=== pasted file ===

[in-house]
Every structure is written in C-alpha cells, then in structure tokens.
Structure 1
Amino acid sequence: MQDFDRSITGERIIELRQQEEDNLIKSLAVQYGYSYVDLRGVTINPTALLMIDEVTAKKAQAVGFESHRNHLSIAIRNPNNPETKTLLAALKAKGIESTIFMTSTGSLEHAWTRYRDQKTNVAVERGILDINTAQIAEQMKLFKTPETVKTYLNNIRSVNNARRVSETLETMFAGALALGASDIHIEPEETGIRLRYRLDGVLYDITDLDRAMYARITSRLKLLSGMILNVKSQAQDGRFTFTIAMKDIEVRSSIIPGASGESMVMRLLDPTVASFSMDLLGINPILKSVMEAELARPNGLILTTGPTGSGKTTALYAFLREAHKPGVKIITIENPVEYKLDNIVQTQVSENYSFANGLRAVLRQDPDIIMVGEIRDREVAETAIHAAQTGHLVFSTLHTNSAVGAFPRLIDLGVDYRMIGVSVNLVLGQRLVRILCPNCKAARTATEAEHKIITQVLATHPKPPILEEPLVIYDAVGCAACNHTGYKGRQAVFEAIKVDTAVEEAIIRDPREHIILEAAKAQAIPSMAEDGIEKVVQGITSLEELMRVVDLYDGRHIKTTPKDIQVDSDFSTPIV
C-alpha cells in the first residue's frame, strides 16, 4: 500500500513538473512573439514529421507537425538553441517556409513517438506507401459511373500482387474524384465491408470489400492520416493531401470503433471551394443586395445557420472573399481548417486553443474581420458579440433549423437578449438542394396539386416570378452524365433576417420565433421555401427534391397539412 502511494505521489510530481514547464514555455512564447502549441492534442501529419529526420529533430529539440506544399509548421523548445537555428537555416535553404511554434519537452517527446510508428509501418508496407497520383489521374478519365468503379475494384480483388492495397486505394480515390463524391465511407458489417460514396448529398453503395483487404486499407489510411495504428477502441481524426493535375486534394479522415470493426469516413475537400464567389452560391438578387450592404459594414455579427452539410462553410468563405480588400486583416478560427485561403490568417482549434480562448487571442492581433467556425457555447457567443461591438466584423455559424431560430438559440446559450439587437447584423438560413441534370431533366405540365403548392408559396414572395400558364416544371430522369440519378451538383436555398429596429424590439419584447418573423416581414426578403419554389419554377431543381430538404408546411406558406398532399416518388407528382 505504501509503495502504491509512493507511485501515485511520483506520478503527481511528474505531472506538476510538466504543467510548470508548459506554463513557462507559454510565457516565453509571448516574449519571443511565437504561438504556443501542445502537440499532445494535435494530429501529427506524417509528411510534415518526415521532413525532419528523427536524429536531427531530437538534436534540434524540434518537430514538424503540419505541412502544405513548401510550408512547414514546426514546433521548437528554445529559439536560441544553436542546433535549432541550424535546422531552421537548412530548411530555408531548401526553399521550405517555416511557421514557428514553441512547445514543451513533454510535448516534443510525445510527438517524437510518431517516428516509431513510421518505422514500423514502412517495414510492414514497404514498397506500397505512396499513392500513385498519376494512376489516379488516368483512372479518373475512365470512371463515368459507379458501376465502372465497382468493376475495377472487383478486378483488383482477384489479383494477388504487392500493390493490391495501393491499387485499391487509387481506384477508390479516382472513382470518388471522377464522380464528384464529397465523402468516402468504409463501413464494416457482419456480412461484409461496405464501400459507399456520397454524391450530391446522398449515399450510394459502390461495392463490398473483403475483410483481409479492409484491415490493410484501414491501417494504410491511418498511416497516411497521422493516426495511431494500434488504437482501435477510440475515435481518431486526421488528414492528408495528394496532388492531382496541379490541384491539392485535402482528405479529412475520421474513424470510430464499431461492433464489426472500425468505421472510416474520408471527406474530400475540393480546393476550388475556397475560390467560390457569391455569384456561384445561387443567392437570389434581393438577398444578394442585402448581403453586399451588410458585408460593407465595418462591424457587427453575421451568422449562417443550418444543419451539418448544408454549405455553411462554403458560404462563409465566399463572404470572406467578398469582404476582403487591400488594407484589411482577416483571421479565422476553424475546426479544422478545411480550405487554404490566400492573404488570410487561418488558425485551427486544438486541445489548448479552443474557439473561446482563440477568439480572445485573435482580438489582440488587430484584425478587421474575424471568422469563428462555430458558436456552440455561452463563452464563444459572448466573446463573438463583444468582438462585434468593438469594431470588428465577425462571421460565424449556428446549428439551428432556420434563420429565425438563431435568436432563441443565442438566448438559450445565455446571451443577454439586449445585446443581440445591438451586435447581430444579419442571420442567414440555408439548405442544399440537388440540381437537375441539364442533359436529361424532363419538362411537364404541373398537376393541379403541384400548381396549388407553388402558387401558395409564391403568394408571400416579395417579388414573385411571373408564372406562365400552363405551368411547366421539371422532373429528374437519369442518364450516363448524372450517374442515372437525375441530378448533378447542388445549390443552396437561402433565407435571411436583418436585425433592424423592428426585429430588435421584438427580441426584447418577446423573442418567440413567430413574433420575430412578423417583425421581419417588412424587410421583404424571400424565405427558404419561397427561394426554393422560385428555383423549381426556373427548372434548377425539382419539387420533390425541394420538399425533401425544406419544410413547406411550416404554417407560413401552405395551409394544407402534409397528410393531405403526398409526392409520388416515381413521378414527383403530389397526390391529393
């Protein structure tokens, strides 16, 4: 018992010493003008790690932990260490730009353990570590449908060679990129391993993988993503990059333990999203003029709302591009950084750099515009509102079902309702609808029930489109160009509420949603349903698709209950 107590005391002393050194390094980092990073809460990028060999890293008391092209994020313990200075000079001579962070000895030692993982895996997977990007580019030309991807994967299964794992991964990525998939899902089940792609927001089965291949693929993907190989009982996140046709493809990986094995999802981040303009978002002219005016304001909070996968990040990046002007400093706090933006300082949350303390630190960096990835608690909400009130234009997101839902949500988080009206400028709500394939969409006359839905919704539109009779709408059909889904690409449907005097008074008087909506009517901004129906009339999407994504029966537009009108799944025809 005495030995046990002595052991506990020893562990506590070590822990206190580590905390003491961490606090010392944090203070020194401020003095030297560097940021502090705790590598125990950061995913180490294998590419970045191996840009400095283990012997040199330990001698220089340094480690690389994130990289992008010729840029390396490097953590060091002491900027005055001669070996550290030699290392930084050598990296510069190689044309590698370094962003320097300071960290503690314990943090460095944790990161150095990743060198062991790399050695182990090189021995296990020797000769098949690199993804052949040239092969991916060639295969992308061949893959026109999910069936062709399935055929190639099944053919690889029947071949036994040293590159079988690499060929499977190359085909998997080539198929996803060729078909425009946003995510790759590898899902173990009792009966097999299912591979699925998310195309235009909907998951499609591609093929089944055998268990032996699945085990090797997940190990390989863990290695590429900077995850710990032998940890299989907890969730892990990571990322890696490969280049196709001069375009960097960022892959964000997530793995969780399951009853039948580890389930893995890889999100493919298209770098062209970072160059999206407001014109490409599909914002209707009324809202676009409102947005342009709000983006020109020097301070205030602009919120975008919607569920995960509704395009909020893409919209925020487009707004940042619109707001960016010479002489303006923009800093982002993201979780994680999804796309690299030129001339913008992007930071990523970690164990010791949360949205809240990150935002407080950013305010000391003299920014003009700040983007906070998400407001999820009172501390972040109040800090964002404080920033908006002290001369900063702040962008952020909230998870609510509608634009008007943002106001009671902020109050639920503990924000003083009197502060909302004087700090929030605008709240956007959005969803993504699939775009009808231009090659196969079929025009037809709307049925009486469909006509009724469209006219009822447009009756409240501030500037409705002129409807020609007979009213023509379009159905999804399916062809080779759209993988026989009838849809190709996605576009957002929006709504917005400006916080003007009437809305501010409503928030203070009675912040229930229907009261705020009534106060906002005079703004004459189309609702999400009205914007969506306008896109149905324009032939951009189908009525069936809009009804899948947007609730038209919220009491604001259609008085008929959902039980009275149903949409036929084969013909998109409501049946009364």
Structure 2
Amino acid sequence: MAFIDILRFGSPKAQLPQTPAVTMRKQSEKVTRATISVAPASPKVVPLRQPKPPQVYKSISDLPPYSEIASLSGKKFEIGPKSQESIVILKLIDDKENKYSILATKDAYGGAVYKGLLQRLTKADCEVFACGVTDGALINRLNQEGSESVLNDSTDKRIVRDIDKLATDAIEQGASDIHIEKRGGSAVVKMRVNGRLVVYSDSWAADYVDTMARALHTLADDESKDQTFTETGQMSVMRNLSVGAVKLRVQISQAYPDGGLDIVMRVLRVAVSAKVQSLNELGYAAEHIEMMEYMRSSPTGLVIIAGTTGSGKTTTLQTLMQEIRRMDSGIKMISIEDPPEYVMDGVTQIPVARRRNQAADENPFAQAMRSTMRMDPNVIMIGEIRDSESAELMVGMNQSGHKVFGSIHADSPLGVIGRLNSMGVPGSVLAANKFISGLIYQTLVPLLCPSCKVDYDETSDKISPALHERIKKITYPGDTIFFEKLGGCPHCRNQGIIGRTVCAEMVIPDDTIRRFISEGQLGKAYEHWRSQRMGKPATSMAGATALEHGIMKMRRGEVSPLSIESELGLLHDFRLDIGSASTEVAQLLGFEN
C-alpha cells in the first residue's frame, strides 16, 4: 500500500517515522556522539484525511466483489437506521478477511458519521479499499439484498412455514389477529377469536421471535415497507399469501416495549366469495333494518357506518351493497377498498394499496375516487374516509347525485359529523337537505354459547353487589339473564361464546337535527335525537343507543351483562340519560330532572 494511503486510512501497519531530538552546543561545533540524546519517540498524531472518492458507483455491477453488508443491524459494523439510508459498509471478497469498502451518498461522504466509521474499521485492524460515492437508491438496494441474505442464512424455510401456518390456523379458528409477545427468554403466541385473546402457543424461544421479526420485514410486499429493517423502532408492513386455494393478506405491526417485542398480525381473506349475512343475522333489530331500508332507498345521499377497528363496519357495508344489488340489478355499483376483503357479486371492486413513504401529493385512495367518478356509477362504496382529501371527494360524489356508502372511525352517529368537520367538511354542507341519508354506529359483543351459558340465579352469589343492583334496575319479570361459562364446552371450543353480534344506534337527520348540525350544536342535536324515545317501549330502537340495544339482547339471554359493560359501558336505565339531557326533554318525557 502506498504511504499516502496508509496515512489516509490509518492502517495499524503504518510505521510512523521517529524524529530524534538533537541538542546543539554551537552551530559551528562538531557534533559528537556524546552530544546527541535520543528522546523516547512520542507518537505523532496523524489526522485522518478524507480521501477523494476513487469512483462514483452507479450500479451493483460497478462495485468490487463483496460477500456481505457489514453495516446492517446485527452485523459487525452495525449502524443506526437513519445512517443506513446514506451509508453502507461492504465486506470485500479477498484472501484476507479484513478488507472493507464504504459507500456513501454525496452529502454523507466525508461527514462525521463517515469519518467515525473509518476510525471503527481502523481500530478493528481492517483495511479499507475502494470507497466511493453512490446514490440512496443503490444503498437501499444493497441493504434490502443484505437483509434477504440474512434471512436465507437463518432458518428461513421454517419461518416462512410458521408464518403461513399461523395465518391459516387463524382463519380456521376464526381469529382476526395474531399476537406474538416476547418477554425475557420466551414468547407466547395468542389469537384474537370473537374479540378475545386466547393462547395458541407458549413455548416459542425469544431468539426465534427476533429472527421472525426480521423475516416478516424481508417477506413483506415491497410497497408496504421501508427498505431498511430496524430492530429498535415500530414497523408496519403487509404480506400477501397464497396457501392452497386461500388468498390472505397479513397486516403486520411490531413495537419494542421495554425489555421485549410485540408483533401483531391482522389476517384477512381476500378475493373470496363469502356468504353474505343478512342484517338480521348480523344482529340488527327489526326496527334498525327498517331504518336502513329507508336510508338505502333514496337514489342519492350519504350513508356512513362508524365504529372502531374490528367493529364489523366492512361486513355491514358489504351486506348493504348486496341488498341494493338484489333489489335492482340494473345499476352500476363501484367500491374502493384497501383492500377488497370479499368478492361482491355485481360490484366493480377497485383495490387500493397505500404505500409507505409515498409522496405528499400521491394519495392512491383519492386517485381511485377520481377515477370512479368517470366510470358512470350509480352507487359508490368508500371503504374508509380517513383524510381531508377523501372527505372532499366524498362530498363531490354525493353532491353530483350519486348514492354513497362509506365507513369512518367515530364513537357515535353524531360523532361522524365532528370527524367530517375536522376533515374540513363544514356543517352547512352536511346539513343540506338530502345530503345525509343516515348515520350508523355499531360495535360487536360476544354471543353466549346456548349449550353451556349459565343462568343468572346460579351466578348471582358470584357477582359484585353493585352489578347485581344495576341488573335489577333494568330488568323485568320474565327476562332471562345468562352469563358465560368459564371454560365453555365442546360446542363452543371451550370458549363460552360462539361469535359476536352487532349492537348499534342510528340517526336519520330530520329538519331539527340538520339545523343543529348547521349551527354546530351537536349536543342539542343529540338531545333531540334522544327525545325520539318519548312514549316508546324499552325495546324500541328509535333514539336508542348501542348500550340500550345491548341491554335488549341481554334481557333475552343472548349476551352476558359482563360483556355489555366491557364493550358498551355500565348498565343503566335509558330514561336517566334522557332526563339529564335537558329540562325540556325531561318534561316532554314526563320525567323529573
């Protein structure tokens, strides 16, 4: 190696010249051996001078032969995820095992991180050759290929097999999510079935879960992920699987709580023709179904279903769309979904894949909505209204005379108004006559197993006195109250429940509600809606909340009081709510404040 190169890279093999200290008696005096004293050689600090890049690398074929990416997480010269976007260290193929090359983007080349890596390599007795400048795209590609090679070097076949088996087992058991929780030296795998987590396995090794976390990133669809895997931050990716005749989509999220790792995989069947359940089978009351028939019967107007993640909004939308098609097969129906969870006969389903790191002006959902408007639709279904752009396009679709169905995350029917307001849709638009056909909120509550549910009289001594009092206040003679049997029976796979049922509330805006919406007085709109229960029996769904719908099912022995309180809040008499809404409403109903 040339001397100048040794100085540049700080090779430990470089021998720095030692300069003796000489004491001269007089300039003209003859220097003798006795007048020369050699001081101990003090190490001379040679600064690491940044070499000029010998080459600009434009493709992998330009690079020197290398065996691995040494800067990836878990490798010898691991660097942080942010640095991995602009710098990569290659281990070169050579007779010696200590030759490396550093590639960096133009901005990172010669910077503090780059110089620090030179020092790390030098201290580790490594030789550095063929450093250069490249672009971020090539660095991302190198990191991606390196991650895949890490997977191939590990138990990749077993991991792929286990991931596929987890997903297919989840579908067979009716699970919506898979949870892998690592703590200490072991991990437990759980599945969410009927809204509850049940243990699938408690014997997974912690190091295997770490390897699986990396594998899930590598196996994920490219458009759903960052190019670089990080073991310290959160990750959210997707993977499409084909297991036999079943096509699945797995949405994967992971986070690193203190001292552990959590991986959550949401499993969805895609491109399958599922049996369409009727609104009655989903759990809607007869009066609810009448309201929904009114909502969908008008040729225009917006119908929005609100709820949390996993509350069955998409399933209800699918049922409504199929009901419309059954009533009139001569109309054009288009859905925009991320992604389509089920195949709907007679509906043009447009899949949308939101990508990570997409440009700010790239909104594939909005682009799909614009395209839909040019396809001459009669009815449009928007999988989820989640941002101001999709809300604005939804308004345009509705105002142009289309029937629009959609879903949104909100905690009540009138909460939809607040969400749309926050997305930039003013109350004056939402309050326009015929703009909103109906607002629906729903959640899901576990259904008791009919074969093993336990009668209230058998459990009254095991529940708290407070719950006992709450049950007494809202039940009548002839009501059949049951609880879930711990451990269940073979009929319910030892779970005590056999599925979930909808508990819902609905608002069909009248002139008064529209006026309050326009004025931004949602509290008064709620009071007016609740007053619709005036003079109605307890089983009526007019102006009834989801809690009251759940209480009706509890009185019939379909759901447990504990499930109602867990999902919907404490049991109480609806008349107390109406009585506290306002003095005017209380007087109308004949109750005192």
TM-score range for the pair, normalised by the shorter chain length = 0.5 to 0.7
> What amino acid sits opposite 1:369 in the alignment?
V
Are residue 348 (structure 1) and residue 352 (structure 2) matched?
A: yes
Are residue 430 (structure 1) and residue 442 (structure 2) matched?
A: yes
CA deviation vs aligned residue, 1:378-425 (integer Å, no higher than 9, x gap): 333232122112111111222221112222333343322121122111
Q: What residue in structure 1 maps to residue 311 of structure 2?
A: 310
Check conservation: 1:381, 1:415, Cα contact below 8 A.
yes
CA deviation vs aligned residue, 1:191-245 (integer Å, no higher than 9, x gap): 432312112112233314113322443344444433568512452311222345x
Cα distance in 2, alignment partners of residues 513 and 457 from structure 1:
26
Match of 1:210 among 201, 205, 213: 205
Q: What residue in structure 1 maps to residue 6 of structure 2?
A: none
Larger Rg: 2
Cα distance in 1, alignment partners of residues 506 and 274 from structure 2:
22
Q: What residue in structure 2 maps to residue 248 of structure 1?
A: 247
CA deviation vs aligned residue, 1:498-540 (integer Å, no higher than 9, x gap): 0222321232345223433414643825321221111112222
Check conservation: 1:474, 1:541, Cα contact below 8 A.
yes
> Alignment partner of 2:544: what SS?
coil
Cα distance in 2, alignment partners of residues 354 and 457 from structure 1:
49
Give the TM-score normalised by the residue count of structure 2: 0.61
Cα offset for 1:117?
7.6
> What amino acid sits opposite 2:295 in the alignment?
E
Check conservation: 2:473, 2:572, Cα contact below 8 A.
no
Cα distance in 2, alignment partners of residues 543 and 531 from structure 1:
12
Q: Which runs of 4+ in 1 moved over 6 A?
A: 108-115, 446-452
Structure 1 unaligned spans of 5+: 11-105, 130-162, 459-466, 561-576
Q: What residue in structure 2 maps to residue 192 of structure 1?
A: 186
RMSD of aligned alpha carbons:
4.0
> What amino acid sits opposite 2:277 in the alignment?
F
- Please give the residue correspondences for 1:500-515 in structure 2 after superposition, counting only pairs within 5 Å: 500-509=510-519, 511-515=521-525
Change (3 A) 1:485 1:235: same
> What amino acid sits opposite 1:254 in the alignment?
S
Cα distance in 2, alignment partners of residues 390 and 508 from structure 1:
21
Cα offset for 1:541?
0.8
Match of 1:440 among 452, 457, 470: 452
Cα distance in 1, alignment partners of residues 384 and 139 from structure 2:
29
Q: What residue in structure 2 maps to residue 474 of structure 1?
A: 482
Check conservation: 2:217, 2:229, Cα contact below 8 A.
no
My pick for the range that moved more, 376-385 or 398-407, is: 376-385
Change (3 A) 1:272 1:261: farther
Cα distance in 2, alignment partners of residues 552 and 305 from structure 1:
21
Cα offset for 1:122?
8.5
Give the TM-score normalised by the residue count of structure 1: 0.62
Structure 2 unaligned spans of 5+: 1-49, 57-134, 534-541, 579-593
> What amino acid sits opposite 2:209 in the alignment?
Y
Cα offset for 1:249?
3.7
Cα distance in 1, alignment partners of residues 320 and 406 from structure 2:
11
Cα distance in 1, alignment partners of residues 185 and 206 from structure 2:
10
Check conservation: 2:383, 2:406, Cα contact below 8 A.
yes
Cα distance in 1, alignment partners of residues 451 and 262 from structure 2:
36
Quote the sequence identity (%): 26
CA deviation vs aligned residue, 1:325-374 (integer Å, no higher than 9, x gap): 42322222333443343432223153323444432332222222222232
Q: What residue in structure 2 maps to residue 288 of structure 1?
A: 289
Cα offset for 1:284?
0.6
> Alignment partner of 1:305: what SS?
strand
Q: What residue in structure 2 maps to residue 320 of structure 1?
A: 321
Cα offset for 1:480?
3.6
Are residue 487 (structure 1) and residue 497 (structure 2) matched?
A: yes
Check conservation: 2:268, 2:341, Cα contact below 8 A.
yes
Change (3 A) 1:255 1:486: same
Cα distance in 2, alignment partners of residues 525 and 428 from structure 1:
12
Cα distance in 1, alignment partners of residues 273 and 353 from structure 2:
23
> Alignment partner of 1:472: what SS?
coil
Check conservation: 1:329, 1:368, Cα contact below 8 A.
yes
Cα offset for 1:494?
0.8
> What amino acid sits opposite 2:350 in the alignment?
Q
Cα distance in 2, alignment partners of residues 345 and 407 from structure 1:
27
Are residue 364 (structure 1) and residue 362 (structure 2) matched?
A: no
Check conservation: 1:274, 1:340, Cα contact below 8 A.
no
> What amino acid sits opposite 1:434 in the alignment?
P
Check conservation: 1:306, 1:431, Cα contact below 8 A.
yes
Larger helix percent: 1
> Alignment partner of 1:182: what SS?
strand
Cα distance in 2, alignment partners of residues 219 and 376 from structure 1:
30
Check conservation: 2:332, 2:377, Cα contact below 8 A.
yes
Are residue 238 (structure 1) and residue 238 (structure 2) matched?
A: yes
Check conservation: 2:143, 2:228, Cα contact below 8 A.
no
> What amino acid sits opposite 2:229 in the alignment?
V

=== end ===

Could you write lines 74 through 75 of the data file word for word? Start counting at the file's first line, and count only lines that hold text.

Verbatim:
My pick for the range that moved more, 376-385 or 398-407, is: 376-385
Change (3 A) 1:272 1:261: farther